Celebrating 100 Years of Brotherhood

Wednesday, June 1, 2016 Celebrating 100 Years of Brotherhood

Kappa Alpha Psi Eta Chapter at Aaron Douglas Luncheon 2016

Smiles, hearty laughter and stories of the good old days flowed freely when members of Kappa Alpha Psi gathered to celebrate the 100th birthday of the Eta Chapter at the University of Nebraska-Lincoln.

“It’s like a second homecoming – though UNL has their homecoming in the fall, it’s like that second homecoming for the individuals and they just made a big weekend out of it,” said Alfonzo Cooper, a graduate advisor to the Kappa Alpha Psi chapter at UNL.

Over a long weekend in April, members rekindled old friendships, began a few new ones, shared countless stories of inspiration and recounted stories of lessons learned. With nearly one hundred men in attendance, the energy that surrounded the weekend was surreal.

The celebration began on April 14 with the ritual known as crossing (or initiation).

“It’s the same words, the same actions, the same oath that we all take. That shared experience gives such energy. It’s really what fired us up to kick off our weekend,” said Cooper.

Following the ceremony, brothers continued to socialize and get to know the two new undergraduate members of Kappa Alpha Psi. Undergraduate member Victor Beanum, a junior majoring in psychology, commented that many members went to Buffalo Wild Wings to get to know one another and bond.

“The biggest take away was just to the excitement of getting a chance to talk face-to-face with many of the Kappas. I know I’m going to be needing a lot of their assistance with graduation coming up and establishing a relationship is invaluable,” said Beanum.

The next day activities continued with the Aaron Douglas formal luncheon at the Sheldon Museum of Art. Dressed to impress, members listened to inspirational messages from alumni who were PhD recipients. A theme of “Encouraging Youth to Pursue Higher Education Through Community Activism” provided the groundwork for sharing life stories.

  • Charles McAfee of Wichita, Kansas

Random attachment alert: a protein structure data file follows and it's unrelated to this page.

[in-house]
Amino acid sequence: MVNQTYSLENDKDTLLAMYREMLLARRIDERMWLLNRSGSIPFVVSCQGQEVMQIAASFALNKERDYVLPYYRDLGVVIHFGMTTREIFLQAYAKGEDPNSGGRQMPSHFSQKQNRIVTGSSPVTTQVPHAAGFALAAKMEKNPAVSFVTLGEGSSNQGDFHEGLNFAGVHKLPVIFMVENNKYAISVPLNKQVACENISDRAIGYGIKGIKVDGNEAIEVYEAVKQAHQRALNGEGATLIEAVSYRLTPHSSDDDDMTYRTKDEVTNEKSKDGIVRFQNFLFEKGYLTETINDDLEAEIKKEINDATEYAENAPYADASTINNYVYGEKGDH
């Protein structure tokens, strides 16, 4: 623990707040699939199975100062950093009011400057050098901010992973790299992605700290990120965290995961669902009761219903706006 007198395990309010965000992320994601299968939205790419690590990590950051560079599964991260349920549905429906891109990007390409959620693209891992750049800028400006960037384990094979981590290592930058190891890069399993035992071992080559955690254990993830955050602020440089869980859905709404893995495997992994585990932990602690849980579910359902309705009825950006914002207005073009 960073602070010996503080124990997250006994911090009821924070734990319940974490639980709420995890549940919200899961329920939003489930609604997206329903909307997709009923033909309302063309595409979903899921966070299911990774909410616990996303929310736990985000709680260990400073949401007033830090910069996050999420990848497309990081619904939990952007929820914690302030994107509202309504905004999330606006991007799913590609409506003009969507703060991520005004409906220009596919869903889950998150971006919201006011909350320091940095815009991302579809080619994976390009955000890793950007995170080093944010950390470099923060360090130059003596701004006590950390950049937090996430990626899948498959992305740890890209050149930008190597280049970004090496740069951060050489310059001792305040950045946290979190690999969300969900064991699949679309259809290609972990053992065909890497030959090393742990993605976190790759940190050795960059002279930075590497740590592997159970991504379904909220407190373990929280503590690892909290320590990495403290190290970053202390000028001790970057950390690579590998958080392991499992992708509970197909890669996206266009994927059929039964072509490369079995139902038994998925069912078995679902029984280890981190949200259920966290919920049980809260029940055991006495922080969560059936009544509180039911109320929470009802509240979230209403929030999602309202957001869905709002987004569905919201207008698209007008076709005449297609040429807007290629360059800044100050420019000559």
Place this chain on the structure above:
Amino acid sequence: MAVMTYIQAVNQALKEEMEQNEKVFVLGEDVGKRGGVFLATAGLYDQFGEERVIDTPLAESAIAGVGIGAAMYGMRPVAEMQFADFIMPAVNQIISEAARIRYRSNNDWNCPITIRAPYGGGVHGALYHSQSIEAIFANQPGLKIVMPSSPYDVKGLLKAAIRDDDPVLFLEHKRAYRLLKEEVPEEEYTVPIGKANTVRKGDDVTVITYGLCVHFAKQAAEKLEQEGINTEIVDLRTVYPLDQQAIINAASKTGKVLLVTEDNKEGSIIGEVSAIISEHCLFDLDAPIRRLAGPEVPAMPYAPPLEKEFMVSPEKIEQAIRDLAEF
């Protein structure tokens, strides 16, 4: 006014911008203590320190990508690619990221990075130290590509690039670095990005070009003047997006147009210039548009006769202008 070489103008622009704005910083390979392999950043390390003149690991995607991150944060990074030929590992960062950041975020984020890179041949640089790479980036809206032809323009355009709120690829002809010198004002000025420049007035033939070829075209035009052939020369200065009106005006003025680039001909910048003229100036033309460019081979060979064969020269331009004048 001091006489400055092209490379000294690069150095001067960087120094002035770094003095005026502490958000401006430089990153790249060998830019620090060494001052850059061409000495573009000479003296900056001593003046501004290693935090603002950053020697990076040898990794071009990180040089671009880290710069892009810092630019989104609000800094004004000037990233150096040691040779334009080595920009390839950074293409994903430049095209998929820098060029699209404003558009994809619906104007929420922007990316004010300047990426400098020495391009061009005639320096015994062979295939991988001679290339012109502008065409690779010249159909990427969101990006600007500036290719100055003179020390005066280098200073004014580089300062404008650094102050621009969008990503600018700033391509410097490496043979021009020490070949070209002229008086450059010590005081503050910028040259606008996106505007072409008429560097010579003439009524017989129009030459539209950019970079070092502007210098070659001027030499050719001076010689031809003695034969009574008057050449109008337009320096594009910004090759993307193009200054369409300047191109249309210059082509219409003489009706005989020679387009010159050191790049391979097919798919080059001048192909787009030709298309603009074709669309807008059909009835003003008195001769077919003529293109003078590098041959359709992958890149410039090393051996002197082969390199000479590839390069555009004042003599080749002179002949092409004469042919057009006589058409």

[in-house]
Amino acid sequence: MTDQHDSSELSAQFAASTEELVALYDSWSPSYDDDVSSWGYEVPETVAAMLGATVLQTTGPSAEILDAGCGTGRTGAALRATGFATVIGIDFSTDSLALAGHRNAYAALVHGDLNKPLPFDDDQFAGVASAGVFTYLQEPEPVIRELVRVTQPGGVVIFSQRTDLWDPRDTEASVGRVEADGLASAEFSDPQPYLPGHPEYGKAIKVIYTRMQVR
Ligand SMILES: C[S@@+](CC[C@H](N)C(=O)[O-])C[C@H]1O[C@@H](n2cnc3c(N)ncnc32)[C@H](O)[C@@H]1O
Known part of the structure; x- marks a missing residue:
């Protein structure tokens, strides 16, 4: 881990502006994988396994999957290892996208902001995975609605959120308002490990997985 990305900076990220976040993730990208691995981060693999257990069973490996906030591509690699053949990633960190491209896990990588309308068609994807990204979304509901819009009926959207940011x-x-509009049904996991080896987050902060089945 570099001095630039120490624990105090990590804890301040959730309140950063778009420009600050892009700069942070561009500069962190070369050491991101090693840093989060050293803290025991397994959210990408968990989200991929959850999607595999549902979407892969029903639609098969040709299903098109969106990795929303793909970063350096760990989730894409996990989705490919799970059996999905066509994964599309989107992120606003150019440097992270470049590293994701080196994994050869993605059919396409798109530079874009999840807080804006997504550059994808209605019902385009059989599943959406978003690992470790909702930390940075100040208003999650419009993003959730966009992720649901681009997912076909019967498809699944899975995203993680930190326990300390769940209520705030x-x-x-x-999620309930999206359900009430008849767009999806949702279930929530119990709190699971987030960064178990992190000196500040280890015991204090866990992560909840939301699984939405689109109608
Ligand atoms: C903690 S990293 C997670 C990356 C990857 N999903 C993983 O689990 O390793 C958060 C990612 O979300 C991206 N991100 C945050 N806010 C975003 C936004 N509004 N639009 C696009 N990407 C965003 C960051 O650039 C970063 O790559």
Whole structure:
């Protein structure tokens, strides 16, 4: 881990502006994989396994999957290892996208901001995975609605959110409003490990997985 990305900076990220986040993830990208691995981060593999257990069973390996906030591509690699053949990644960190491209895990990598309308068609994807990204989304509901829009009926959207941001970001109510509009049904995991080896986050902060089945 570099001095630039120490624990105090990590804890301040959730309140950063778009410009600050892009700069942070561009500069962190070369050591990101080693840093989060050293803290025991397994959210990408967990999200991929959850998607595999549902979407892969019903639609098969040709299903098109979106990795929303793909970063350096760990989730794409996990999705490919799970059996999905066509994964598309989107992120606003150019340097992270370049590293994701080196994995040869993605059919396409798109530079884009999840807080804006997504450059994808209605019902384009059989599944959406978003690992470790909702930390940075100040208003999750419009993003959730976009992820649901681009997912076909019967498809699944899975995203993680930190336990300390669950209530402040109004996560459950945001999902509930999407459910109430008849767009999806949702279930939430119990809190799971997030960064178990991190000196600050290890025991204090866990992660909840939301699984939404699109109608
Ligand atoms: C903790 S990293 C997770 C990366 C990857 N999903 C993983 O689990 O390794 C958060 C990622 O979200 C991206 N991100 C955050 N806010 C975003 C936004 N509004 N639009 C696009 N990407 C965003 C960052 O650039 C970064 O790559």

A UNL basketball player from the 1950s, McAfee went on to become an accomplished architect and businessman with projects including the 1996 Summer Olympics in Atlanta. McAfee has received numerous awards for his commitment to mentoring minorities.
  • Dr. Ryan Ross of Denver
    As dean of student development and retention at the Community College of Denver, Dr. Ross has a passion for connecting with students and young graduates. He offered motivation to encourage a lifetime of service and leadership.

The prestigious Aaron Douglas Lifetime Achievement Award was presented to Vaughn Robertson. As a project director for the TRIO program at UNL, Robertson works daily to improve the lives of minority students through higher education. The Aaron Douglas award annually recognizes transformative leadership that is improving lives.

Kappa Alpha Psi Eta Chapter members at the UNL Red and White Spring Game tailgate at the Malone Center
Kappa Alpha Psi members host a tailgate for the UNL Red and White Spring Game at the Malone Center.

Additional weekend events were the Black and White Ball, a tailgate at the Malone Community Center and football’s Red White Spring Game where Kappa Alpha Psi graduates who had lettered in sports were recognized during half time.

While the organization’s true centennial was on March 12, 2016, the planning committee specifically chose to align the celebration with the Spring Game because of the number of brothers who have been athletes at UNL. With brothers arriving from each coast, many states in between, and even a few from overseas, the weekend provided ample opportunities to strengthen the fraternal bond.

“From the planning committee perspective, we were thrilled. It really blew our minds how far a lot of people came for the weekend. It was great to see older members socializing; acting like jittery undergrads,” said Cooper.

An event 100 years in the making, the celebration often reflected back on the values of being a Kappa man. During an era when Monet was painting, Albert Einstein was completing his theory of relativity and Jim Crow laws divided daily activities, seven black men in 1916 shared a common vision to bring the historically African American fraternity to UNL. The fraternity’s founders faced adversity with tenacity as administrators refused to recognize the organization as a fraternity until 1927.

For younger members, the events cemented the desire to help the chapter flourish at UNL.

“I think we’re in in the right place and doing the necessary steps to get there. I feel like we just have to keep wanting to improve and can’t settle, especially with other Divine Nine groups coming to UNL,” said Beanum.

Beanum understands the commitment that goes with being a Kappa, as his father did so before him. “Whether we were in Arkansas, St. Louis or now here in Nebraska, it’s always been the same. I’ve seen that bond. I saw it in real life and sat in on leadership meetings. My dad always brought me to these things and I didn’t realize why I needed to be there, but now I see it was all important.”

Kappa Alpha Psi Eta Chapter member with young boy at the tailgate prior to the UNL Red and White Spring Game tailgate at the Malone Center
Kappa Alpha Psi prides itself on mentorship for young kids.
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